Some years ago he bought the book from a shop in the Cuesta de Moyano in Madrid. One of those editions from the other side of the pond at a time when it was thought in Spain that these things could not be - and should not be - read. Chema Cobo began reading The Face of Spain and was astonished by the perspicacity of Hispanist Gerald Brenan's view, which was from outside, but still able to approach with precision the situation of a country in ciaroscuro.
That marked the start of an intellectual idyll between artist and writer. Well, in reality it may have begun earlier, through their shared passion for mystical poetry and the "dark night of the soul" that loomed over a country that Cobo would abandon for long periods shortly afterwards.
One of his sojourns was in New York in the 1980s, where he showed his work at the city's Metropolitan Museum: scenes inherited from the black paintings of Goya and the torrential symbolism of William Blake.
These works have returned now, as if 35 years had not gone by, to the quiet rooms of the Casa Gerald Brenan, the writer's former home in Churriana, Malaga.
There, the artist has opened In The Twilight Kingdom. This enigmatic and delicious, subtle and powerful exhibition once again displays Cobo's work like a laminated surface that offers something new at each glance, an added significance, a wider vision than those before, superimposed but at the same time complementary. Each work opens like a fascinating labyrinth, whose existence has to be sought, like the reader of the pages of The Spanish Labyrinth by Brenan himself.
This display is like a fascinating game of mirrors in which the works of Cobo and Brenan are reflected, in space and also in time. In The Twilight Kingdom links with an astonishing naturalness his works from the 1980s with new ones for this exhibition; at the same time it links the creative moments of Cobo, first with the poetry of San Juan de la Cruz (about which Brenan did a paradigmatic study) and, afterwards, with Dora Carrington and Gamel Woolsey, women who are essential to understanding the hazardous life of the Hispanist.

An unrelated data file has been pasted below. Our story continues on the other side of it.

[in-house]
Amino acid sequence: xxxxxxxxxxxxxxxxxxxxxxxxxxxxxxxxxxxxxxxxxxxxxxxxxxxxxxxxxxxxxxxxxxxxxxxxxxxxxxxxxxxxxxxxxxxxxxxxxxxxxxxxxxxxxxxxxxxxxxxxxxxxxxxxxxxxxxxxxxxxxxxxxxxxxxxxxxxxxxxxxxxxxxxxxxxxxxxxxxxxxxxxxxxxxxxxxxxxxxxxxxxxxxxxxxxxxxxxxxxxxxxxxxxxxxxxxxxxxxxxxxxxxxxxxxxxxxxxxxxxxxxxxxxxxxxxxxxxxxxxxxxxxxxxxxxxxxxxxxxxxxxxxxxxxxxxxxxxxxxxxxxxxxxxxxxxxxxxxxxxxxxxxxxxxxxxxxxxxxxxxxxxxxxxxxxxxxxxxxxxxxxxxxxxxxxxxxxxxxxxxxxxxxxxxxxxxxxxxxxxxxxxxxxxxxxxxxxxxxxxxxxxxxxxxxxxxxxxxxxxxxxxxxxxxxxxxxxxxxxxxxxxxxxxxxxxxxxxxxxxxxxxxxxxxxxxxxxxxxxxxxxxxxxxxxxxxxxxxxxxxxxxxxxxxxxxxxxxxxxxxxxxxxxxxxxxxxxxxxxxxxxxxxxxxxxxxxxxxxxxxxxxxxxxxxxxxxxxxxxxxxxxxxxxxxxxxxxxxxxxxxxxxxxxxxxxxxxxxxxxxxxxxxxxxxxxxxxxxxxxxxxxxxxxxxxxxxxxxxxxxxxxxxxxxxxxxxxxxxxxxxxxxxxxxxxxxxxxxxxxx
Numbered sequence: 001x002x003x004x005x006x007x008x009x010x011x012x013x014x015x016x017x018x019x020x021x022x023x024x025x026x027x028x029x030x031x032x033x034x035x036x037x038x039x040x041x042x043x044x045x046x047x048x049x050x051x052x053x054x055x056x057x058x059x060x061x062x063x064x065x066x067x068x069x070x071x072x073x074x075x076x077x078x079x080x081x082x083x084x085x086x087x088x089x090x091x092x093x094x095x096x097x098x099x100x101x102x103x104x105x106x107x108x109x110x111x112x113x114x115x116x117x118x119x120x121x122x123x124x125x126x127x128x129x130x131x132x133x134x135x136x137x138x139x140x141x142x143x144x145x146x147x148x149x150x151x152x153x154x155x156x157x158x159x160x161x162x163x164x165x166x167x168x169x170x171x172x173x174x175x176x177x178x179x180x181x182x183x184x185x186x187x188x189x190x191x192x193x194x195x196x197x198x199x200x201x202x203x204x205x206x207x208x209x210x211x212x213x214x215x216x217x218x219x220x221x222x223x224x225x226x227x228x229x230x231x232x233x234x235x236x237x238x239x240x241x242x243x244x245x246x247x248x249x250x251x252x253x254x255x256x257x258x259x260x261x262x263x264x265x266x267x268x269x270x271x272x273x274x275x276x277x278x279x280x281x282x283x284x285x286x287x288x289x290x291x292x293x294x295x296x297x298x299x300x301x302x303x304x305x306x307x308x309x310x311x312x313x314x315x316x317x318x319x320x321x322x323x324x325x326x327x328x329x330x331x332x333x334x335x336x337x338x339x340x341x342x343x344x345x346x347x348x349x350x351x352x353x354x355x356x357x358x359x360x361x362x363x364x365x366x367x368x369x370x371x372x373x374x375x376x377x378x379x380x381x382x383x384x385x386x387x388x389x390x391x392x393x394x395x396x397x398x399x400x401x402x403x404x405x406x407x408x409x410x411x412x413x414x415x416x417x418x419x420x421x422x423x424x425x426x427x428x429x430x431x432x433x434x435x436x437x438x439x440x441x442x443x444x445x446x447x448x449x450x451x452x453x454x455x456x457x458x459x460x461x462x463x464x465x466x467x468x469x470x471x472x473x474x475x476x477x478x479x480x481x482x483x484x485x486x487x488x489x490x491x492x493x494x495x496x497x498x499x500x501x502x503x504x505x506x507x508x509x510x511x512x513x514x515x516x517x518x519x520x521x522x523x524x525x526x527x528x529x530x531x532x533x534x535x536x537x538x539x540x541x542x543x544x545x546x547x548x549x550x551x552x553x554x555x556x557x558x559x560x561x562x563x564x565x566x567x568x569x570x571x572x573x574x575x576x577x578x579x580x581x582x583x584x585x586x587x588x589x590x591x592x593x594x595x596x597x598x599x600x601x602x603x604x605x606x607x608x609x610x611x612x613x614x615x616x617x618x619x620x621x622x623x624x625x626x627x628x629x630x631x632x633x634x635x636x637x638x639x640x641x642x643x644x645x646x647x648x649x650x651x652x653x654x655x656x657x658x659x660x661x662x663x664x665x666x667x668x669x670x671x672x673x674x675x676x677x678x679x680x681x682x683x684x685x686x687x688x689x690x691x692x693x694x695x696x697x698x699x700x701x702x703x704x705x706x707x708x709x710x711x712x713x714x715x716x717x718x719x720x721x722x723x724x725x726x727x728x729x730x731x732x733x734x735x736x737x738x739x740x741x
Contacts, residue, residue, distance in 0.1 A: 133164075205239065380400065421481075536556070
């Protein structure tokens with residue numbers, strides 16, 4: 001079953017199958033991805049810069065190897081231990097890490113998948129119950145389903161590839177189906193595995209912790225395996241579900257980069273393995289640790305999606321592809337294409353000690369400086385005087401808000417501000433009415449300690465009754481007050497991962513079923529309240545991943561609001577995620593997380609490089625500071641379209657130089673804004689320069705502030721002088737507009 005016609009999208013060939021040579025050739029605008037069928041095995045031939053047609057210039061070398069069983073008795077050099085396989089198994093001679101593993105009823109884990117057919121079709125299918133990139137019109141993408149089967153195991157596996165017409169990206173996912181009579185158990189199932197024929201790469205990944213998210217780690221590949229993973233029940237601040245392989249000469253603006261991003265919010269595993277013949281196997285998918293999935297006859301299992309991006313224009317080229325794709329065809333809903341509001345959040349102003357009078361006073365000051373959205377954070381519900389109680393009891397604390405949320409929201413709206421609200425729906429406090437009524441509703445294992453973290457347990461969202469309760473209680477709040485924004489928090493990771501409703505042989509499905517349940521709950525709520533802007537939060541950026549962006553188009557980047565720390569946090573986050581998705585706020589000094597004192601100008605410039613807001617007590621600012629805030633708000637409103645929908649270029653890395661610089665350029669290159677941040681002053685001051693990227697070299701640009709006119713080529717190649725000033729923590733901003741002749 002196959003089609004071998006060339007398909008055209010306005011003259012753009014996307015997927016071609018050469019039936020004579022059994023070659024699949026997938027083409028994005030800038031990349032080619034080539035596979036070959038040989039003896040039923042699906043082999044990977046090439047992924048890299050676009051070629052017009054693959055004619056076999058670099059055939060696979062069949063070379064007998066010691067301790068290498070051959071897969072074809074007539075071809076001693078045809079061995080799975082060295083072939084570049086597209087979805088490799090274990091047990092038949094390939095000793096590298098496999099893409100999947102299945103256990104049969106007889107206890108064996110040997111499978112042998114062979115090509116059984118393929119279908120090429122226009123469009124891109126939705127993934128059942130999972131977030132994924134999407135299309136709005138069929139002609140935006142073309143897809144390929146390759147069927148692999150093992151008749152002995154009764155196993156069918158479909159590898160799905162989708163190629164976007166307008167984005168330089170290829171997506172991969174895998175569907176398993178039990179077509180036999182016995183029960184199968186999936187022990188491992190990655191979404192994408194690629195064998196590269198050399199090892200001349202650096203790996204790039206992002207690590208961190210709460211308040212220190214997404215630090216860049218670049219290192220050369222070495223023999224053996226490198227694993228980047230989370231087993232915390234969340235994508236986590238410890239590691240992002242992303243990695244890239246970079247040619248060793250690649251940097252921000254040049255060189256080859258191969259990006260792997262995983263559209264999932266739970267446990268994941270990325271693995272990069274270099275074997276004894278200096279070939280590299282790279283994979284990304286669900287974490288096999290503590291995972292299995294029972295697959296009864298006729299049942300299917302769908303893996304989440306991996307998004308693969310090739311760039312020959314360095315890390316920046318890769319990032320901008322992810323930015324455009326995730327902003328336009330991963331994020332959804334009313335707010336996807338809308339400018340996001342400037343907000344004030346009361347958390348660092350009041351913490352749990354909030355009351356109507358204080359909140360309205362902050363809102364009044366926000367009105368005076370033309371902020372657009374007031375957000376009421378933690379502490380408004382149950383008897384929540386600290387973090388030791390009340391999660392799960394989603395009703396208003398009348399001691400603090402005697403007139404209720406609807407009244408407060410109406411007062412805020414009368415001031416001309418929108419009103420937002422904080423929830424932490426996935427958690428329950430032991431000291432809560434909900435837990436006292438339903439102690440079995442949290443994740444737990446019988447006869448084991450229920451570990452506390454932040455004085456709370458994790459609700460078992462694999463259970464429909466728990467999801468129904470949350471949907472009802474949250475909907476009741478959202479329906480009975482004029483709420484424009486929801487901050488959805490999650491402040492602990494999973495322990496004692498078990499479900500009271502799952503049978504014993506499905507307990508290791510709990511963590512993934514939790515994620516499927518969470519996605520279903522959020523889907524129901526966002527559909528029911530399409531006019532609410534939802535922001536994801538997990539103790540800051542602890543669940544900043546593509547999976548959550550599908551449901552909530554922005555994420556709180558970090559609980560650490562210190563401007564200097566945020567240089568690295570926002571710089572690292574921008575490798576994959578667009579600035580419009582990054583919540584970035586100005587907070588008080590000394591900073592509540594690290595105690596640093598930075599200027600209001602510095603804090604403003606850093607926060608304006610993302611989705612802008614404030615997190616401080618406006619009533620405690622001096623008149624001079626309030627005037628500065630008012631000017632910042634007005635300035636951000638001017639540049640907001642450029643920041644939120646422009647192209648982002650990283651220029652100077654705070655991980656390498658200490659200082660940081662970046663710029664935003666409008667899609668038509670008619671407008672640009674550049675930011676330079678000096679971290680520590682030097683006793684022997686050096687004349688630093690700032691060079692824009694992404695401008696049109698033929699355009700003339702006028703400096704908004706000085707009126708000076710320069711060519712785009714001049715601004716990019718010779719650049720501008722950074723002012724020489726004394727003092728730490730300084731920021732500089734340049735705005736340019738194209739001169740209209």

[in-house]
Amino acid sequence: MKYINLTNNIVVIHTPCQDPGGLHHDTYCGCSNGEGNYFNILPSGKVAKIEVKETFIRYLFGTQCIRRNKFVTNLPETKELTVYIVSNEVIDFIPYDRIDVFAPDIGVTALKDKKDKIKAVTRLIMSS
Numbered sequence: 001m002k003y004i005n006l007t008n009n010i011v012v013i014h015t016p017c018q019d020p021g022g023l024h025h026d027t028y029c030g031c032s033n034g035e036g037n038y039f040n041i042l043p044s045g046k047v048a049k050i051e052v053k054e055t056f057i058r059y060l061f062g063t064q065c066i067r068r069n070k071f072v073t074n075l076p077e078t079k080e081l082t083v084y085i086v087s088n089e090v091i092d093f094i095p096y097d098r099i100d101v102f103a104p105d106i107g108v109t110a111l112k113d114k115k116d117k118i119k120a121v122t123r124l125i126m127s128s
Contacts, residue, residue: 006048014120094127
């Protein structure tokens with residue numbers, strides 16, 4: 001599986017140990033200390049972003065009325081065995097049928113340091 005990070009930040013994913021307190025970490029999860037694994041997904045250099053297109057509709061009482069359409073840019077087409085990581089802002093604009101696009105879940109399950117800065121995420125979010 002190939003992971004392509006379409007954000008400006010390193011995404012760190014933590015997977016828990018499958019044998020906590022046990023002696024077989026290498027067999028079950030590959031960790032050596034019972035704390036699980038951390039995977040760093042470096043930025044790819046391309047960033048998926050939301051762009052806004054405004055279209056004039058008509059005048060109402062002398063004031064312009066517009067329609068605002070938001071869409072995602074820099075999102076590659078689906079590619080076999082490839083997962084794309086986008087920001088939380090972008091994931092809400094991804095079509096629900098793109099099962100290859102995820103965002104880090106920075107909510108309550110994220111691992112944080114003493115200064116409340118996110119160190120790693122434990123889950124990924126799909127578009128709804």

The first room brings together Cobo's works from the 1980s with texts by Brenan on San Juan de la Cruz and the volume of complete works of Arthur Rimbaud which Brenan successfully annotated. This produces an interesting conjunction featuring the shared symbolism of the poets and the prints and drawings by the artist, whose works are in collections such as the Reina Sofía National Art Museum and the Met in New York.
To this, Cobo adds a new piece, in which a young Brenan travels the Andalusian desert landscape with the vocation of an anchorite, linking him to San Juan de la Cruz. This piece creates an imaginary bridge to the second room, where the impressive depth of Cobo's work detonates in a splendid and profound content. Because every watercolour unleashes a bouquet of references, metaphors and allusions which serve a succulent artistic and conceptual feast. From the kaleidoscopic portraits of Brenan and Woolsey, to the bombardment of the city, seen by Woolsey from the tower of the house which now features in the watercolours titled Death's Other Kingdom I and Death's Other Kingdom II, taken from T. S. Eliot's poem The Hollow Men.
Each image says more than it appears to and combines with the one next to it. Each piece is in dialogue with the one next to it, to create a lucid, ironic and free labyrinth. The labyrinth of Cobo in the Casa de Brenan. And also viceversa.